# Distributions of Functions of Random variables - variance question

• Dec 8th 2013, 12:00 PM
optometryorchidsmelly
Distributions of Functions of Random variables - variance question
I have a problem that I'm stuck on.

var(x)=8100
var(y)=10,000
var(x+y)=20,000

The question is: calculate var(x+500+(1.08)y).

I tried just doing var(x) + 1.08^2(var(y)) thinking that they were independent...
The part I'm really confused about is why var(x+y) is different from var(x)+var(y).

I know the answer is 21816, but I have no idea how to get that.

any help is much appreciated, thanks!!
• Dec 8th 2013, 02:08 PM
romsek
Re: Distributions of Functions of Random variables - variance question
For any rvs x,y

Var(x+y) = Var[x] + Var[y] - Cov[x,y]

without know something about the means of x and y I wasn't able to get very far with this. Are they zero mean?
• Dec 8th 2013, 02:39 PM
optometryorchidsmelly
Re: Distributions of Functions of Random variables - variance question
Thanks for looking at this!

Mean is not included in the question, but it does come from a section about independent random variables- not sure if that helps.

The exact wording is this: "In considering medical insurance for a certain operation, let X equal the amount (in dollars) paid for the doctor and let Y equal the amount paid to the hospital. In the past, the variances have been Var(X) = 8100, Var(Y) = 10,000, and Var(X + Y) = 20,000. Due to increased expenses, it was decided to increase the doctor's fee by \$500 and increase the hospital charge Y by 8 percent. Calculate the variance of X+500+(1.08)Y, the new total claim.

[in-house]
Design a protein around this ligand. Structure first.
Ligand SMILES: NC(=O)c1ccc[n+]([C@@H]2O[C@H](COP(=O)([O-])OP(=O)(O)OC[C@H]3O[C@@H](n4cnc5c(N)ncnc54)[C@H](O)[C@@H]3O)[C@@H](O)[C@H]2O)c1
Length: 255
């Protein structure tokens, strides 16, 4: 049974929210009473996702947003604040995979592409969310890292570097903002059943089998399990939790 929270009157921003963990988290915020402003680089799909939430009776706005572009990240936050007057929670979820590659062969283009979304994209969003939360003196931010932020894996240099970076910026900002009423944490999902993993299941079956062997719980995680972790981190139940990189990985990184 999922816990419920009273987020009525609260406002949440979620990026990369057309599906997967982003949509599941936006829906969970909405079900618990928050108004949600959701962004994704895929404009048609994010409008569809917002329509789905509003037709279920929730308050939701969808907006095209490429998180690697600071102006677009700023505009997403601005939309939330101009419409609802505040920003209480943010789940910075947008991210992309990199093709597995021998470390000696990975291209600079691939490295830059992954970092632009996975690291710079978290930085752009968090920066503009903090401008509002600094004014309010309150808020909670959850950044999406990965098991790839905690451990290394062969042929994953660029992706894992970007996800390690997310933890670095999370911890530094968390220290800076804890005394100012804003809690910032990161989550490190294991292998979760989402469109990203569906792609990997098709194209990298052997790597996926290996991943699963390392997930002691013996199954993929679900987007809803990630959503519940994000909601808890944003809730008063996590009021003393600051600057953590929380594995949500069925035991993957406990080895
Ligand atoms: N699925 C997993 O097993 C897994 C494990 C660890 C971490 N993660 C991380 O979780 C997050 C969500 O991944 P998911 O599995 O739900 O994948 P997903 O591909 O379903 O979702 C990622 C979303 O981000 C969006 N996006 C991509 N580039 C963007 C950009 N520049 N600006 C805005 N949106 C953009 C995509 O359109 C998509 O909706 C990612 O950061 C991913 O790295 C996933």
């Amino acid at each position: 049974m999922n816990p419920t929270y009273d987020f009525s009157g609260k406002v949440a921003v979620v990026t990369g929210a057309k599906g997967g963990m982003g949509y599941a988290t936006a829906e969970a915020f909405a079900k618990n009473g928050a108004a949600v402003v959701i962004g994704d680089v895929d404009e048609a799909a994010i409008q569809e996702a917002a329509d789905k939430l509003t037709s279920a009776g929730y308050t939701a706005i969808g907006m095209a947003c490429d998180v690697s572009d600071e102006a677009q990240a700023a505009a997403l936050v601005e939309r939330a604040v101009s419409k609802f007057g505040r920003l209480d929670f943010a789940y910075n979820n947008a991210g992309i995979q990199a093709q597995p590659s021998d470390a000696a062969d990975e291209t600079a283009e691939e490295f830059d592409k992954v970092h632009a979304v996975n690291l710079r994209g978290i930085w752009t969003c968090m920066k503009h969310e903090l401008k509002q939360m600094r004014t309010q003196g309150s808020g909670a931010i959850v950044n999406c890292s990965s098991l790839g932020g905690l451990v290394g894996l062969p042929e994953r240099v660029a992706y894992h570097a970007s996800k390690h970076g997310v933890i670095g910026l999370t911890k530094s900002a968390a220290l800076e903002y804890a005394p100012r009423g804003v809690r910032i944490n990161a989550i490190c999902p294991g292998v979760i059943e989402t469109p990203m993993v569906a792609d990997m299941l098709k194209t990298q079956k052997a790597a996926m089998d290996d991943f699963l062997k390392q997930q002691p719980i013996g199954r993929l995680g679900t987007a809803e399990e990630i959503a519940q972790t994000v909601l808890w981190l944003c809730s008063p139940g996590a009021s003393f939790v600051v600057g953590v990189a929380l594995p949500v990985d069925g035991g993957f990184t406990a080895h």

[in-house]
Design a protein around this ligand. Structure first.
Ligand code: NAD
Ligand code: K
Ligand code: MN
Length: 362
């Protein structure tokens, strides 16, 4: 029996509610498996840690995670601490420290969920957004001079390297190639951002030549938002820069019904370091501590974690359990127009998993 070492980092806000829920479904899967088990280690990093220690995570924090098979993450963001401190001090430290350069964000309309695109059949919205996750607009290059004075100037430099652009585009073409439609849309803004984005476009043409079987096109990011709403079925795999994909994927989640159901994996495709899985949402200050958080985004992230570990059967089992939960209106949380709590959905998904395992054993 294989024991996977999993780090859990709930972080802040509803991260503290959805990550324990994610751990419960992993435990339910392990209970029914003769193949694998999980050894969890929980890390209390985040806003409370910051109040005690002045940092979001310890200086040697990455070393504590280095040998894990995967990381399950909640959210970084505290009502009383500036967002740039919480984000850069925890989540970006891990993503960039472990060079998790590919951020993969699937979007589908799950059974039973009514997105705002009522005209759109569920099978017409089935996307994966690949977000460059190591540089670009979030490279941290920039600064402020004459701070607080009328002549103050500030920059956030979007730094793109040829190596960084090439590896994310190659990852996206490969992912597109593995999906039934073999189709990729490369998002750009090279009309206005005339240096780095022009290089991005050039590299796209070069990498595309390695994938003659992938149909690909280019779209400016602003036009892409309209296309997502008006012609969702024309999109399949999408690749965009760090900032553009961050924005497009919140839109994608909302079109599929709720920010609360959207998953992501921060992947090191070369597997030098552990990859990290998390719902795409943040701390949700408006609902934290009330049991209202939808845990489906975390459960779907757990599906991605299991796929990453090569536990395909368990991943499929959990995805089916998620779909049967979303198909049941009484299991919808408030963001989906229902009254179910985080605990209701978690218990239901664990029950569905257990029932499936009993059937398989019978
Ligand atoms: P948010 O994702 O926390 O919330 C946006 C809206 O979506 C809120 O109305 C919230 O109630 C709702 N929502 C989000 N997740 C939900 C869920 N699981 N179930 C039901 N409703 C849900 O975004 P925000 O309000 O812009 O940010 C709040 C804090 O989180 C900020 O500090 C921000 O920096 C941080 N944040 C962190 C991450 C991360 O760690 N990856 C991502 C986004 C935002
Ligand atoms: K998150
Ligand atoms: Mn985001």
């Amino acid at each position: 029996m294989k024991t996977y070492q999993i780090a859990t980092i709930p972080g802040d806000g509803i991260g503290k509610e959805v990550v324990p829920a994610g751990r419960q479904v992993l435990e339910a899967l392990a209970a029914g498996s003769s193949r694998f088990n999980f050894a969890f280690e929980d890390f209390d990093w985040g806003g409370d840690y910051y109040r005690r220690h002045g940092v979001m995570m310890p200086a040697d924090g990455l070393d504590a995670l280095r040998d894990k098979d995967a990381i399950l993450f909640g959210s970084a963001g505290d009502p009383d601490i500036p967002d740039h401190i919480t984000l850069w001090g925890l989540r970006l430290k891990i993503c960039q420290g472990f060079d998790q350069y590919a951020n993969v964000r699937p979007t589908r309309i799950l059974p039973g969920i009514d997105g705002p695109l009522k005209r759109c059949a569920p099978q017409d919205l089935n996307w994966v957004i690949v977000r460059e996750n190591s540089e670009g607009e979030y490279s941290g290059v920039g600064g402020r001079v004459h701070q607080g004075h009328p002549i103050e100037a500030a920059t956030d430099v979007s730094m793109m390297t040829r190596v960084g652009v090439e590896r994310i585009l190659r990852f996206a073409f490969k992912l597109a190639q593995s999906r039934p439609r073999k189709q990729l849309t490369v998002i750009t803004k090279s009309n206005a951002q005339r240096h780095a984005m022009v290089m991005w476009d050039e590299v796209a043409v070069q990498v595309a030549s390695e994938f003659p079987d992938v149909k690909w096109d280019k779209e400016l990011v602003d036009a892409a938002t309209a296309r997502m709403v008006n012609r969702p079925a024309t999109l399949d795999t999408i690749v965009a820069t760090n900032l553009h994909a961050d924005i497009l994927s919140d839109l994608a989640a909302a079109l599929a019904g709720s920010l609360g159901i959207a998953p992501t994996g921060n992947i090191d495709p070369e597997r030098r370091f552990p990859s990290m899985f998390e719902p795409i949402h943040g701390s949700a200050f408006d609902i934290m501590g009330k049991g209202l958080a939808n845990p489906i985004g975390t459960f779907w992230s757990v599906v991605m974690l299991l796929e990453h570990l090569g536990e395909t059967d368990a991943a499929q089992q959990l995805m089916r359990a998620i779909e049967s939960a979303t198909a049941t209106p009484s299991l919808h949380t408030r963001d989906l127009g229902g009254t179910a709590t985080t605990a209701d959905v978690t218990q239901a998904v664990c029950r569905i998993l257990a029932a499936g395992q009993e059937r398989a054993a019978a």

All of the other questions involved independent random variables, and were much more straightforward than this one. Unfortunately, I can't find any similar examples or problems in the book. Thanks again for any help!
• Dec 8th 2013, 03:16 PM
romsek
Re: Distributions of Functions of Random variables - variance question
Quote:

Originally Posted by optometryorchidsmelly
Thanks for looking at this!

Mean is not included in the question, but it does come from a section about independent random variables- not sure if that helps.

The exact wording is this: "In considering medical insurance for a certain operation, let X equal the amount (in dollars) paid for the doctor and let Y equal the amount paid to the hospital. In the past, the variances have been Var(X) = 8100, Var(Y) = 10,000, and Var(X + Y) = 20,000. Due to increased expenses, it was decided to increase the doctor's fee by \$500 and increase the hospital charge Y by 8 percent. Calculate the variance of X+500+(1.08)Y, the new total claim.

All of the other questions involved independent random variables, and were much more straightforward than this one. Unfortunately, I can't find any similar examples or problems in the book. Thanks again for any help!

my intuition.

the 500 does nothing to the variance.

the 1.08 should increase the variance of Y by (1.08)2 and the covariance[x,y] by 1.08

Var(x+y) = Var(x) + Var(y) - Cov(x,y)

20000 = 8100 + 10000 - Cov(x,y)

Cov(x,y) = -1900

The new Cov(x,y) will be 1.08*1900 = -2052

The new Var(y) = 1.082 * 10000 = 11664

The new variance is thus

Var[x+y] = 8100 + 11664 + 2052 = 21816

I'd have to read up on this to be 100% certain of this solution but I'm fairly sure this is how it's done.
• Dec 8th 2013, 04:48 PM
optometryorchidsmelly
Re: Distributions of Functions of Random variables - variance question
Ok, this makes a lot of sense. I think the part that I hadn't gotten at first was the 1.08*1900.

Thank you so much!!!